Yokohama, Japan, looks to 2019 Rugby World Cup
YOKOHAMA, Japan – Tourism-related businesses and others in Yokohama, which will host the final of the 2019 Rugby World Cup, are looking for ways to attract rugby fans coming from around the world.
Earlier this summer, about 80 people from tourism-related businesses, including hotels and restaurants, learned about how to promote local tourism to win the hearts of rugby fans at a seminar held in the city.
Lecturers from Ireland and Britain – rugby powerhouses – explained about the atmosphere of the event and the behavior of rugby fans, with participants taking notes.
One of the lectures mentioned that since the fans enjoy drinking, places where they can drink all night long after a game without going back to their hotel are necessary. Another recommendation was to provide information via social media and communicate in English.
The seminar was organized by the Yokohama Convention & Visitors Bureau. The official in charge explained why they held the seminar, saying, “To woo visitors to our city, it is important to learn about the World Cup and satisfy the needs of fans.”
The Rugby World Cup will run for 44 days, so it is expected that many fans on long vacations will come to Japan and enjoy traveling around the country.
“We are feeling things out in making preparations for the World Cup, because it will be the first experience for us,” said an official of Yokohama Bay Hotel Tokyu in Nishi Ward. “We were able to get a hint about how to offer services that meet the needs of fans, as well as what our business hours should be.”
Yokohama must become a more convenient city for a trip in which visitors can travel around and enjoy tourist sites – this is what most tourism business operators consider a challenge ahead of the 2019 Rugby World Cup and 2020 Tokyo Olympics and Paralympics.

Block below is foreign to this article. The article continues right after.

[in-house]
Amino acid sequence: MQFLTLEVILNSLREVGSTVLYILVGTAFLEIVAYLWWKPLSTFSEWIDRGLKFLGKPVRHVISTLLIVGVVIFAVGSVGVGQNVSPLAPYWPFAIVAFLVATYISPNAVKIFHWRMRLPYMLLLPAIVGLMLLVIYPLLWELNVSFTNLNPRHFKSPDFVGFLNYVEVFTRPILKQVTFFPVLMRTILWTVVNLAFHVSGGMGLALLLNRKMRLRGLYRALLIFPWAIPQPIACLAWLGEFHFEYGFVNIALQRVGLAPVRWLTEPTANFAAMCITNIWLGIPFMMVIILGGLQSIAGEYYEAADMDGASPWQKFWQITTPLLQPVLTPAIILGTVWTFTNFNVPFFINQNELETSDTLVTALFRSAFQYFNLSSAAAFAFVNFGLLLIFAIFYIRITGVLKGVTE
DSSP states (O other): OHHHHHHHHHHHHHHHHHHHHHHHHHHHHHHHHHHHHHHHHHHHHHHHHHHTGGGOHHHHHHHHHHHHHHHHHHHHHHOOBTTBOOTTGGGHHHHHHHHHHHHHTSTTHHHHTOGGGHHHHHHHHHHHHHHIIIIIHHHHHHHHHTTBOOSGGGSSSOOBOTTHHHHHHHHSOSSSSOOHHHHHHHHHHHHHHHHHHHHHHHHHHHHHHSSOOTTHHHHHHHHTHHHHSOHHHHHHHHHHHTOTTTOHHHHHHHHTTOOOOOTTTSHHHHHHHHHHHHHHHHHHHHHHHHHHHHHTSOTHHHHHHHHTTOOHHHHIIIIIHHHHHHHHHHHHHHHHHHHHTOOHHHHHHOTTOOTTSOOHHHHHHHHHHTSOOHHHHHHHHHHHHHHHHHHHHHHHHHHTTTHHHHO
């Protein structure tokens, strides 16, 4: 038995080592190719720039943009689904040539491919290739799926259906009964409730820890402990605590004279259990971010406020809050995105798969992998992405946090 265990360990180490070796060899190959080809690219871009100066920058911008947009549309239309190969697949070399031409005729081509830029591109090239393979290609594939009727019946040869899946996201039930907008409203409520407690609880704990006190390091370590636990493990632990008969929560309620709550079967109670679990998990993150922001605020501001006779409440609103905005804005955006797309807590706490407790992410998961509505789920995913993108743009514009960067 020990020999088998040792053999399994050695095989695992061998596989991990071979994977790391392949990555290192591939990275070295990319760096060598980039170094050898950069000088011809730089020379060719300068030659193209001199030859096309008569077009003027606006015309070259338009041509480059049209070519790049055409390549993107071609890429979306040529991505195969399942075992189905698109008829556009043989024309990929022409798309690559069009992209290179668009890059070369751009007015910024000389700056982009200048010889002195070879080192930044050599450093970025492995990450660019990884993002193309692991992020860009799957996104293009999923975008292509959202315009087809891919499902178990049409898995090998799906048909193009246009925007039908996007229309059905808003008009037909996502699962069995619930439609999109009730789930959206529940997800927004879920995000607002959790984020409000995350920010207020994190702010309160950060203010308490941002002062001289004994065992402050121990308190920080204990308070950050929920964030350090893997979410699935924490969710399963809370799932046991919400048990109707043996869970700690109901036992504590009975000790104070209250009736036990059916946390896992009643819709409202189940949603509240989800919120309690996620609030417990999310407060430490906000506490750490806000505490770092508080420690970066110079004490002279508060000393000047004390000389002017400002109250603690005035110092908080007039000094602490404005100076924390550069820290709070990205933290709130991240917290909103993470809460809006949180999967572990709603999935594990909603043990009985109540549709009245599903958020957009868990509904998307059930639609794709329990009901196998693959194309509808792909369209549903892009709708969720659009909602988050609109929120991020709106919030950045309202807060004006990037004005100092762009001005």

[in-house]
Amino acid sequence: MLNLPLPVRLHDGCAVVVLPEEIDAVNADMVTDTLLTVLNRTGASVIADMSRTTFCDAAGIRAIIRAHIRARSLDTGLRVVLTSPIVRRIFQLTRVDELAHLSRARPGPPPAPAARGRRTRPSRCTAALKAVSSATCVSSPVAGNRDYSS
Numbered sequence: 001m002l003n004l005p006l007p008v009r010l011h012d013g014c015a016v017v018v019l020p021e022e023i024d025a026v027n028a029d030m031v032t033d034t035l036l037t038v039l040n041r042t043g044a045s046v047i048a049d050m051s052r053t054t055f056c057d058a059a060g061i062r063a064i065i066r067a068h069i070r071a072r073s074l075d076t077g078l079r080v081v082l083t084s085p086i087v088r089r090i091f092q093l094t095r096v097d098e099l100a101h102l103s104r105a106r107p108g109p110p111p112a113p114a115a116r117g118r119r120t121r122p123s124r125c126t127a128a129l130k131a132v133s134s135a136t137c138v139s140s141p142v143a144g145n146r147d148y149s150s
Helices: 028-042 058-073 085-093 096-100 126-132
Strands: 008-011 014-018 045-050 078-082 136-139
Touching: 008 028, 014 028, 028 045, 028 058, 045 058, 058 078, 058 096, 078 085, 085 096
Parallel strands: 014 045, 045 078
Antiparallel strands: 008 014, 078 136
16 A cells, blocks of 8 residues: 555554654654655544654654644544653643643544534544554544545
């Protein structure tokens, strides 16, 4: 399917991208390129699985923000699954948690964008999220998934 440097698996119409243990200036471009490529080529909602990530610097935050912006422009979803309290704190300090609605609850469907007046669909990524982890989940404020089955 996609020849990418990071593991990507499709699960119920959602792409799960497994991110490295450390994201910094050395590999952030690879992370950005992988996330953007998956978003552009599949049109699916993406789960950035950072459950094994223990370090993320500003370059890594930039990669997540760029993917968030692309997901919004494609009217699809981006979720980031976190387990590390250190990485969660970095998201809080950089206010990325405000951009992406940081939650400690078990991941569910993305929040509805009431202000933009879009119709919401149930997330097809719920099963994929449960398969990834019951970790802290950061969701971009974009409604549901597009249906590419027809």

According to a survey conducted by the Yokohama city government, 36.31 million tourists visited the city in 2017, but just over 10 percent of them, or 4.62 million, stayed overnight.
Given this situation, Yokohama Haikara Kimono Kan (Yokohama Kimono Station) has successfully attracted many tourists with innovative ideas. Located in the Silk Center Building in Naka Ward, the company provides a one-day rental of hakama Japanese traditional pants, where visitors can choose their favorite hakama at a rental fee of 9,000 yen, and other items. They can also be given assistance from store staff with putting on hakama and then freely visit tourist spots in the city such as Yamashita Park and Sankeien Garden. This service is particularly popular with tourists from other Asian countries.
Kimono Kan also offers a popular summer service in which visitors can wear yukata and enjoy going on cruises and other experiences. About 2,000 people participated in this course in 2016, as well as 2017.
Tokyo-based Shinnichiya Co. operates Kimono Kan. Company President Hirobumi Yamaguchi, 47, who was born and raised in Yokohama, explained why he came up with the idea of a hakama rental service, saying, “The stylish ‘haikara’ fashion culture at the time of the port’s opening is one of Yokohama’s attractions.”
“Rather than imitating the Tokyo style, promoting Yokohama’s uniqueness and having visitors experience the city will lead to local liveliness,” Yamaguchi added.
So-called experienced-based tourism in the city is gaining people’s attention. This includes playing with small animals at Nogeyama Zoo in Nishi Ward, experiencing zazen seated meditation at a temple and taking lessons at karate schools.
“We are now in an era of the consumption of services, not the consumption of goods,” an official at the Yokohama Convention & Visitors Bureau said. “Increasing experience-based tourism sites in our city will be key to encouraging visitors to choose Yokohama to stay on such occasions as the Rugby World Cup.”